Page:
Primarily, work on the speed of your team’s transition from defence to counter-attack, but also focus on their reaction to losing possession and the speed of recovery when transitioning from attack to defence. MORE
This session is focused on counter-attacking, with the emphasis on encouraging teams to attack with speed and a sense of urgency. It’s a session that creates numerous counter-attacking situations and players get to experience 3v2, 5v4 and 1v1 scenarios. It is also a good test for defensive players, giving them plenty of experience in combatting a counter-attack, especially when outnumbered.
The session ultimately progresses towards the final activity, which puts everything that the players have learnt into an 11v11 game.
|Up to full pitch|
|Balls, bibs, cones, 2 mannequins,
4 mini goals, 2 full size goals
|Number of Players|
|Up to 20 players + 2 goalkeepers|
|Counter attack 3v2: 12mins
Counter attack 5v4: 15mins
11v11 game: 18mins
We set up on two thirds of a pitch, with a goal and a goalkeeper at one end. Two target goals and a mannequin are positioned on each side in a wide zone. We’re using 17 outfield players, divided into 11 attackers and six defenders, starting as shown [1a].
Two defenders begin by combining to bring the ball out of the penalty area before hitting a diagonal pass up the pitch to the first wave of attackers, who counter-attack against the defenders in a 3v2. They have seven seconds to complete the attack with a shot on goal.
At the same time as the central attack is going on, the attackers in each corner dribble into the wide zone and take on a defender in a 1v1. They should either play the ball inside to score in the target goals or run beyond the mannequin.
Once the attack has finished, players move as shown [1b]. The central striker re-joins the back of the central queue where he started, ready to take part in the next 3v2. The other two attackers from the 3v2 switch roles with the wide attackers, so they all get to practise both the 1v1 and 3v2 attacks. The defenders rotate their starting positions for the same reason. Play four blocks of three minutes.
As the activity progresses and the players get used to it, change the time limit on the attack to make it quicker by giving the players, say, five seconds to attack instead of seven seconds.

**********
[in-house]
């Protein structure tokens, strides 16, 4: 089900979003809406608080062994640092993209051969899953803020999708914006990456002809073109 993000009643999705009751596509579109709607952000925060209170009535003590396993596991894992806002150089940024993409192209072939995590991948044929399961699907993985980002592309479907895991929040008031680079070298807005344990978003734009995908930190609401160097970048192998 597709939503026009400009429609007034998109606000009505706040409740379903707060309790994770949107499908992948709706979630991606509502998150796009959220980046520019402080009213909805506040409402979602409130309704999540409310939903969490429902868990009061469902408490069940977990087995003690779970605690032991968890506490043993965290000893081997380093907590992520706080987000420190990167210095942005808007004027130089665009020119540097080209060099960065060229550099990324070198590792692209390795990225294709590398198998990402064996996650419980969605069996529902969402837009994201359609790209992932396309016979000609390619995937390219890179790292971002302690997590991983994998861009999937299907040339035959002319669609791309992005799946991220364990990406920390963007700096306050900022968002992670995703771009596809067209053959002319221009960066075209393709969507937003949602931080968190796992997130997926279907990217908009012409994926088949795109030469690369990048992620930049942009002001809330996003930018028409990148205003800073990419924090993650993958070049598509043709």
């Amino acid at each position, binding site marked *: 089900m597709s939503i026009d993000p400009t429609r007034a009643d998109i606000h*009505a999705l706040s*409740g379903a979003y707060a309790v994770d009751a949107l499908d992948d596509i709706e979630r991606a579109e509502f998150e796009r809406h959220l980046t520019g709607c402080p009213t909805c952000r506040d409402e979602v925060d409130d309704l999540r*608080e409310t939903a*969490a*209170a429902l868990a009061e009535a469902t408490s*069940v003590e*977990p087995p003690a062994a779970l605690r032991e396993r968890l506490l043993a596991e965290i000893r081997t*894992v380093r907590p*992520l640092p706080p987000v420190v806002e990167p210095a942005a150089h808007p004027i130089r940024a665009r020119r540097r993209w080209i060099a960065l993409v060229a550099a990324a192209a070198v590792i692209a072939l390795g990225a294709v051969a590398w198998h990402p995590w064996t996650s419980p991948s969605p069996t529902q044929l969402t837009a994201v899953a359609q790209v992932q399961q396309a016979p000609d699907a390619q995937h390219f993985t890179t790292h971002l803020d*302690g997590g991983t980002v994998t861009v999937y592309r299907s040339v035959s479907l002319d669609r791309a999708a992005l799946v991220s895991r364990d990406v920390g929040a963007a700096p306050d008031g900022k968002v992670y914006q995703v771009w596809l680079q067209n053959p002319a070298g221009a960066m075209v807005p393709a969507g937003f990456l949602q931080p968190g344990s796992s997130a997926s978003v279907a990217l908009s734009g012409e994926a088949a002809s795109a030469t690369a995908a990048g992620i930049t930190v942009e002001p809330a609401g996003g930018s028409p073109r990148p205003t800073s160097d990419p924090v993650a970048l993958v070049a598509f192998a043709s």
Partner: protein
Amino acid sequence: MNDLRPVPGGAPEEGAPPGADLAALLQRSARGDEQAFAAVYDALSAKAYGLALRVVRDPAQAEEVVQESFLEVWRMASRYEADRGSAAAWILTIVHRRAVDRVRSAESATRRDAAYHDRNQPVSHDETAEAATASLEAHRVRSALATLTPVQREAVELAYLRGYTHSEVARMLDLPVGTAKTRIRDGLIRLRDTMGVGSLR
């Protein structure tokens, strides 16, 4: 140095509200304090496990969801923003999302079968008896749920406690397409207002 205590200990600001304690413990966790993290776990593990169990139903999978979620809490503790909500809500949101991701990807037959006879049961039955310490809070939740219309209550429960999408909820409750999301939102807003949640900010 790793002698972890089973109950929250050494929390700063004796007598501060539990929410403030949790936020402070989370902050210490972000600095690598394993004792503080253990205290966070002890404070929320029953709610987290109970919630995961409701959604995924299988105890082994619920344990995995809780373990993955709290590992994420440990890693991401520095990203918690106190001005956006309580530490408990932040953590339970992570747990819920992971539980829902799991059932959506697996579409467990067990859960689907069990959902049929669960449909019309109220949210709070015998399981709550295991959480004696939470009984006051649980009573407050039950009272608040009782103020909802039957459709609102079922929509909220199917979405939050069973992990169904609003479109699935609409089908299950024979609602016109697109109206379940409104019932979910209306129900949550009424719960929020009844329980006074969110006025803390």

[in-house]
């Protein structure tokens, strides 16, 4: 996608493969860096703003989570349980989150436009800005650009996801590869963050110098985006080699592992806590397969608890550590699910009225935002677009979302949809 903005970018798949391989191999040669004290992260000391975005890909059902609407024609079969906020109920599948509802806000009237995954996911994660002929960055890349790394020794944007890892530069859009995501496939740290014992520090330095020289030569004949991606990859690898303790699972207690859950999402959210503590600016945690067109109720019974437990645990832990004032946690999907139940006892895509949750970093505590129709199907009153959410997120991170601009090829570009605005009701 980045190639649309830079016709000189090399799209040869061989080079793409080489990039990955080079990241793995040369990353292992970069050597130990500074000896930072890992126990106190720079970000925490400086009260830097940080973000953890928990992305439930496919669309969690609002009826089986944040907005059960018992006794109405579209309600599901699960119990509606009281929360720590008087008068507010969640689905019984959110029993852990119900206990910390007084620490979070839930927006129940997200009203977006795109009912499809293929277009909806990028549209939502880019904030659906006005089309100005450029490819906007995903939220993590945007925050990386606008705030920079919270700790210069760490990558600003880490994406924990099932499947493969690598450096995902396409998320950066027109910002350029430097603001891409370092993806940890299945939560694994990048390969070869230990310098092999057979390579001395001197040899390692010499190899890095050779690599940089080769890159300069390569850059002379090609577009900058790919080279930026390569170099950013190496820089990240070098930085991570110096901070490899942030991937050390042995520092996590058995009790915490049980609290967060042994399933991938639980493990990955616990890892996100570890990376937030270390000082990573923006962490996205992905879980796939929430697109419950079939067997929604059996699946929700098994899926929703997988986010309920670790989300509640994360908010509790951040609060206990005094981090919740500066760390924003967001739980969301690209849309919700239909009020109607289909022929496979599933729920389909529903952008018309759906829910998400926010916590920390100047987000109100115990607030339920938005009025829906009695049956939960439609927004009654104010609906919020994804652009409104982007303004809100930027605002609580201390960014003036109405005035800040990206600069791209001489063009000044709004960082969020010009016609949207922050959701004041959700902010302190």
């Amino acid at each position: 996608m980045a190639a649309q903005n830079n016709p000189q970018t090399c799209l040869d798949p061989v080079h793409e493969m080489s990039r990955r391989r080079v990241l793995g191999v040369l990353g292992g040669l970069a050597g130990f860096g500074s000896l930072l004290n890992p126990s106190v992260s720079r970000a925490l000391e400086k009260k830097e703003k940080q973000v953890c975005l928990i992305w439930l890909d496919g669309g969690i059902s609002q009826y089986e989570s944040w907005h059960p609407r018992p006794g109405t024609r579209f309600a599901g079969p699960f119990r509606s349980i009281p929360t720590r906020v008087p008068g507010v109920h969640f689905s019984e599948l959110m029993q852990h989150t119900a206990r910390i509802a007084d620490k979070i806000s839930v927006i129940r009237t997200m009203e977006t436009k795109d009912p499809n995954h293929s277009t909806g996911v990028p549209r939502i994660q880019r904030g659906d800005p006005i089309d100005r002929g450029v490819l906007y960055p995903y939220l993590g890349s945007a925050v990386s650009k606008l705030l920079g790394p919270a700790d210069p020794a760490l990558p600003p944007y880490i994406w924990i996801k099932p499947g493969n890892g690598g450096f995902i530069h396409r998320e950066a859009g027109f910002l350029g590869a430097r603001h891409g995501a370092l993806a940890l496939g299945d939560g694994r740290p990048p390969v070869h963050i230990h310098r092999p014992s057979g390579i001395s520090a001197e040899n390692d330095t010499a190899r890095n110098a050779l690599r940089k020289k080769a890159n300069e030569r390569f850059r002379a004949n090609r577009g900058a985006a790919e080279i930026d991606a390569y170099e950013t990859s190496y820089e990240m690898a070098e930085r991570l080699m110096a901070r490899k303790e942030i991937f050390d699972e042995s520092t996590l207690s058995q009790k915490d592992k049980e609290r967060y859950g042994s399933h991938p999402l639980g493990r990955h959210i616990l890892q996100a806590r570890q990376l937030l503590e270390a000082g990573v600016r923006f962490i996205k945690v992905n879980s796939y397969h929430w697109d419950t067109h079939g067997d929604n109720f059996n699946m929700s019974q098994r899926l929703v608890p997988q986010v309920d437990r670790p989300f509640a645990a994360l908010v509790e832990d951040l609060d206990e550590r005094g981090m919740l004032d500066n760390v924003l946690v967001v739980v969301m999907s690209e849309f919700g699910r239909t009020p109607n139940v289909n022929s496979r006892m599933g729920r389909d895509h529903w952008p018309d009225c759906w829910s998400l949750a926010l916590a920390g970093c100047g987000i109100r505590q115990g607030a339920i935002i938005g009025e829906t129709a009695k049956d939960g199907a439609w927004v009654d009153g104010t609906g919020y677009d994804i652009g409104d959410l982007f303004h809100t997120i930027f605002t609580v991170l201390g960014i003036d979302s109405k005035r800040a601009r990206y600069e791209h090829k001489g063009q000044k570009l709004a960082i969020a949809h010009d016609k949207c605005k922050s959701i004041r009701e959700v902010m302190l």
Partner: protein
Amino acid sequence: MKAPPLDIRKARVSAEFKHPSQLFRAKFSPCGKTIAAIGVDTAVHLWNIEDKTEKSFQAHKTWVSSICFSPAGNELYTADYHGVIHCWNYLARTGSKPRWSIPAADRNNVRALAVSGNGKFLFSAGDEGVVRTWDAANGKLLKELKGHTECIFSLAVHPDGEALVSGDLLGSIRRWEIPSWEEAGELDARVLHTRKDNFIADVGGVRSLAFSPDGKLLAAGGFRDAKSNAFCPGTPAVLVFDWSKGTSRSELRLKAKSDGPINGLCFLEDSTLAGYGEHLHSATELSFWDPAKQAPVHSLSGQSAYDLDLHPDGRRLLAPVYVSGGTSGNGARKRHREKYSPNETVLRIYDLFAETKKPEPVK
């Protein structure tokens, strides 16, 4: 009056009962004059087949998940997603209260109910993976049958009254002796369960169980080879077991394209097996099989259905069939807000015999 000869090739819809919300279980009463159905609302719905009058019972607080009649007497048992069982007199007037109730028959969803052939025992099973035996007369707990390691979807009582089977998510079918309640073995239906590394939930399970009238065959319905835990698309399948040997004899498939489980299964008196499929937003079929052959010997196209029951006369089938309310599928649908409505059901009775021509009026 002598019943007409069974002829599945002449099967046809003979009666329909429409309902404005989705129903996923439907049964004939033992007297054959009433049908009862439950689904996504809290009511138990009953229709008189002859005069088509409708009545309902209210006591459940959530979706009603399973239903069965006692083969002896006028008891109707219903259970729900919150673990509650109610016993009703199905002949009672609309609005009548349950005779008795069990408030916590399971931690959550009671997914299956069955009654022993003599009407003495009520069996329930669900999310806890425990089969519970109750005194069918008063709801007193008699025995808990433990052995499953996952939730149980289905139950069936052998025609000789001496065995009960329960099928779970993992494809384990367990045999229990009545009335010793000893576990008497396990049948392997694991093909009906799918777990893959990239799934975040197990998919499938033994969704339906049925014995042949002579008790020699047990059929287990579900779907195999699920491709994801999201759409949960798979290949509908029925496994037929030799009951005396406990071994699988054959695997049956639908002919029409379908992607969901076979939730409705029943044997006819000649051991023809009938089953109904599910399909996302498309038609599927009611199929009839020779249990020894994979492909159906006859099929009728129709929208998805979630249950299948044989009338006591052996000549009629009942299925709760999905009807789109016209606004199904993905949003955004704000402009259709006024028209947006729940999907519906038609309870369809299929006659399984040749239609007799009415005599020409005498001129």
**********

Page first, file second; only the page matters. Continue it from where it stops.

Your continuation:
The speed of the counter-attack is vital, which is why we impose a time limit on the attack. If necessary, the coach can count down the seven-second time limit to instil a sense of urgency in the attacking players.
The two players on each side of the centre forward in the 3v2 must not drift too wide to be able to score, which is why we cone off the central attacking area to the width of the penalty area.
We set up on two thirds of a pitch, coned off from the corners of the penalty area to the ends of the halfway line. This is designed to force any counter-attack in the direction of the goal.
We’re using a goal and a goalkeeper at one end. We’re using 16 outfield players, split into two waves of five attackers and six defending players. The defending players are made up of two central defenders, two active defensive midfielders and two more who are waiting for their turn. Each wave of attackers is made up of a centre forward, two wide attackers and two attacking midfielders.
To start the practice, the two centre backs combine to play a pass in the direction of a team mate over the halfway line, which is intercepted by an attacking midfielder. The first wave of attackers must then counter-attack, with the player that intercepted the ball having to pass with his second touch, as shown [2a]. After the pass is played, the defending midfielders can then track back to defend, making it 5v4 in favour of the attackers, as shown [2b]. The defending players must communicate as they recover and should try to stop the counter-attack.
The attackers have an overload, which should help them take advantage of the situation, but they are allowed only seven seconds to try to score.
We set up on a full size pitch to play an 11v11 game. Set it up so the counter-attacking team remains low and compact, so they can win the ball and make the counter-attack successful, as shown . If the counter-attacking team fail to win possession and are unable to start a counter-attack within two minutes, the coach must manufacture a counter-attacking opportunity by playing a second ball into them and play continues from there.
Once the attack has either been successful or has broken down, set up again and start play from the centre circle with the opposition team in possession again and the counter-attacking team defending.